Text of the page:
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You can also perform this task recursively, but I have chosen in this example to use an iterative approach. This task is useful if you are inserting all of your nodes at the beginning of a linked list. Here is an example:

#include <stdio.h>

#include <stdlib.h>

#define NUM_ITEMS 10

struct Node

{

int data;

struct Node *next;

};

void insert_node(struct Node **headNode, int nodeValue, int position);

int main(void)

{

int i;

for(i = 1; i <= NUM_ITEMS; i++)

{

}

printf("I will now reverse the linked list\n");

return 0;

}

{

struct Node *iterator;

iterator != NULL;

iterator = iterator->next)

{

printf("Value: %d\n", iterator->data);

}

void insert_node(struct Node **headNode, int nodeValue, int position)

{

int i;

struct Node *currentNode = (struct Node *)malloc(sizeof(struct Node));

currentNode->data = nodeValue;

if(position == 1)

{

return;

}

for (i = 0; i < position - 2; i++)

{

nodeBeforePosition = nodeBeforePosition->next;

}

currentNode->next = nodeBeforePosition->next;

nodeBeforePosition->next = currentNode;

}

{

struct Node *previousNode = NULL;

struct Node *nextNode = NULL;

while (iterator != NULL)

{

nextNode = iterator->next;

iterator->next = previousNode;

previousNode = iterator;

iterator = nextNode;

}

/* Iterator will be NULL by the end, so the last node will be stored in  previousNode.  We will set the last node to be the headNode */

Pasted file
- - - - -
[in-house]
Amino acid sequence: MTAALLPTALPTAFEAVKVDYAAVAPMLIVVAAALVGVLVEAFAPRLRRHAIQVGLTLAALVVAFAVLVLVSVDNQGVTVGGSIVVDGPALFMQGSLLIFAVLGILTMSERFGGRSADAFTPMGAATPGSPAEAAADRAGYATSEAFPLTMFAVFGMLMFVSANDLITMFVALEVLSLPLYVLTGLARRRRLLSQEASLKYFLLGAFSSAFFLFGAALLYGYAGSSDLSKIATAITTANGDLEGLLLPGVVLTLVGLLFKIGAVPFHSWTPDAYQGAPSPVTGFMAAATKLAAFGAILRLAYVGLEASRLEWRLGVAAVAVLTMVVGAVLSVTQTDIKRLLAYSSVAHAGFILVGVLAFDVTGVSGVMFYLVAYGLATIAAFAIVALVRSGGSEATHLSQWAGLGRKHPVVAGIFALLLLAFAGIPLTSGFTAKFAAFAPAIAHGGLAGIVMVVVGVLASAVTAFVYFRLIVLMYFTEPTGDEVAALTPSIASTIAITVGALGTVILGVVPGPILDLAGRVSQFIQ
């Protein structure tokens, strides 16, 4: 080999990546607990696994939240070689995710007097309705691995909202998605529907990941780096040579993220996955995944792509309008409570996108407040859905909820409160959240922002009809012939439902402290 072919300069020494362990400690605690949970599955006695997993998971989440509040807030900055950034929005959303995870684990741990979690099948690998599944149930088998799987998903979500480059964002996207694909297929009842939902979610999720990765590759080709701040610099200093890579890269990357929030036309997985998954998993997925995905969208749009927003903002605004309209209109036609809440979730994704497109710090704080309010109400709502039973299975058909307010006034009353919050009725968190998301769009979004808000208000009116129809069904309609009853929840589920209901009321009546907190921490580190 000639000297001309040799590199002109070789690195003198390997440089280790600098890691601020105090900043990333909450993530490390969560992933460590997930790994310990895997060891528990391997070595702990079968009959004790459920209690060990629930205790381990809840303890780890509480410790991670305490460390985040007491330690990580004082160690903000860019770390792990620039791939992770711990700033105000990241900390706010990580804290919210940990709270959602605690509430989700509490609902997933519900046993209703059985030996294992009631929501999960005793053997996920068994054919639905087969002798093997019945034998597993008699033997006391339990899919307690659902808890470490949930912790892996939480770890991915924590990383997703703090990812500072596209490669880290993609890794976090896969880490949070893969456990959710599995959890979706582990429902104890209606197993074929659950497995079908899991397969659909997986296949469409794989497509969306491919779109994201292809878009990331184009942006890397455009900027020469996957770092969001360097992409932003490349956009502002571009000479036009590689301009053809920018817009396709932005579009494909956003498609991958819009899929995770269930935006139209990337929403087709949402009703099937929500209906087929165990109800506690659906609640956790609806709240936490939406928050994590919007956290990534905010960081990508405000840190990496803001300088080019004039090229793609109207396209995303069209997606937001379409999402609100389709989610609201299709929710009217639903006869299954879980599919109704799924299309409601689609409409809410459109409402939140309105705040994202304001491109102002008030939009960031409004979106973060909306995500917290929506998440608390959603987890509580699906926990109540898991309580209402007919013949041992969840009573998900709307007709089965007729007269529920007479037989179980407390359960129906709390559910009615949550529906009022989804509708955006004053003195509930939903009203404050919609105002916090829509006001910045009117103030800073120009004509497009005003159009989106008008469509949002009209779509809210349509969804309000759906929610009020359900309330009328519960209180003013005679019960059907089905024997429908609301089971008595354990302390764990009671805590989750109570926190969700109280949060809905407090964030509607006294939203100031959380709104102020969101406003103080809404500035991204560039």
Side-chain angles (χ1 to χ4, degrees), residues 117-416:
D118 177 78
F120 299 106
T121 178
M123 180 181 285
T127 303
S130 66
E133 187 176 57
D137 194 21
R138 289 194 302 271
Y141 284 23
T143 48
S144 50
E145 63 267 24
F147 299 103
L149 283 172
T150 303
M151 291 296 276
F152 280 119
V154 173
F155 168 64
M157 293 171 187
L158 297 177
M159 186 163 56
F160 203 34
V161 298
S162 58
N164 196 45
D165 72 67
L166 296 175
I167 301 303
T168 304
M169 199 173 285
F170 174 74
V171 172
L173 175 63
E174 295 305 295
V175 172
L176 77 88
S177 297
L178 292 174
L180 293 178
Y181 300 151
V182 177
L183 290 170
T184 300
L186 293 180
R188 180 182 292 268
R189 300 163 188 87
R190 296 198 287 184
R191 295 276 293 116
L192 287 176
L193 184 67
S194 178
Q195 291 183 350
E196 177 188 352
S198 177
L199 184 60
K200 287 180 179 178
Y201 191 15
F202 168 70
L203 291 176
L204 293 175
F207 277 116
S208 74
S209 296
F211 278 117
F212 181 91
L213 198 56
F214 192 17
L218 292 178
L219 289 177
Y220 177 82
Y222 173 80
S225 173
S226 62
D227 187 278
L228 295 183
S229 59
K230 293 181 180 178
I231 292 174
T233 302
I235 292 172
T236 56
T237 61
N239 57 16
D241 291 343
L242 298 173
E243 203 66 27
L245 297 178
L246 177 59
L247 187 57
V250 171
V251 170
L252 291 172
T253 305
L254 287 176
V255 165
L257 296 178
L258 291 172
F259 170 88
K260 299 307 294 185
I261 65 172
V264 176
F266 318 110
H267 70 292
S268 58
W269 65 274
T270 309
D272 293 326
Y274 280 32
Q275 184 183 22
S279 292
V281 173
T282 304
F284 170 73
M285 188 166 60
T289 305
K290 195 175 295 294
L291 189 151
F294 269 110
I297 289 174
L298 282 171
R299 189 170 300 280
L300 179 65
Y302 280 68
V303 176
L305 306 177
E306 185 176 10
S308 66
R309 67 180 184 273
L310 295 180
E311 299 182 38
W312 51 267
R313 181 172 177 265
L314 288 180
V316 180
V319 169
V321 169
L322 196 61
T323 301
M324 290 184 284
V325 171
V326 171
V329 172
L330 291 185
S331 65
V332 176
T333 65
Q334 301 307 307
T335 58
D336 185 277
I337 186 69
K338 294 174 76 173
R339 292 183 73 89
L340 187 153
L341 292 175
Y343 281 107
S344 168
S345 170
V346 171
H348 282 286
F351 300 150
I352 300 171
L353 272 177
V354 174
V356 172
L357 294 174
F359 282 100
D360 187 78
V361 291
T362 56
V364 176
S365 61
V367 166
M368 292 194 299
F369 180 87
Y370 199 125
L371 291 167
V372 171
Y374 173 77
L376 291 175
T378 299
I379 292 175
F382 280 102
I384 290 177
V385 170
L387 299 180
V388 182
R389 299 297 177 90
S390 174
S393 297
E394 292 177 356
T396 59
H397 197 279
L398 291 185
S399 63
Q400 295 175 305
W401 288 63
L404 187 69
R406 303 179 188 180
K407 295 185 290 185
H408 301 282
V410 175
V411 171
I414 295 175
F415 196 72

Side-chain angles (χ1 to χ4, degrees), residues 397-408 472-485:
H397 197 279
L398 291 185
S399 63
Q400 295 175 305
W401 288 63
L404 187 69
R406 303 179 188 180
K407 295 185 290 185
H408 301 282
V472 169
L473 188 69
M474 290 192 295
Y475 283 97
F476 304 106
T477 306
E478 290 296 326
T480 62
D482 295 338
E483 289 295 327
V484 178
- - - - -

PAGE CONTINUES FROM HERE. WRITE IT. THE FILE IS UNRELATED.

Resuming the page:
}

Explanation for the Reverse List Method

We start the previousNode out as NULL, since we know on the ﬁrst iteration of the loop, if we are looking for the node before the ﬁrst head node, it will be NULL. The ﬁrst node will become the last node in the list, and the next variable should naturally be NULL.

Basically, the concept of reversing the linked list here is that we actually reverse the links themselves. Each node's next member will become the node before it, like so:

Head -> 1 -> 2 -> 3 -> 4 -> 5

Where each number represents a node. This list would become:

1 <- 2 <- 3 <- 4 <- 5 <- Head

Finally, the head should point to the 5th node instead, and each node should point to the node previous of it.

Node 1 should point to NULL since there was nothing before it. Node 2 should point to node 1, node 3 should point to node 2, et cetera.

However, there is one small problem with this method. If we break the link to the next node and change it to the previous node, we will not be able to traverse to the next node in the list since the link to it is gone.

The solution to this problem is to simply store the next element in a variable (nextNode) before changing the link.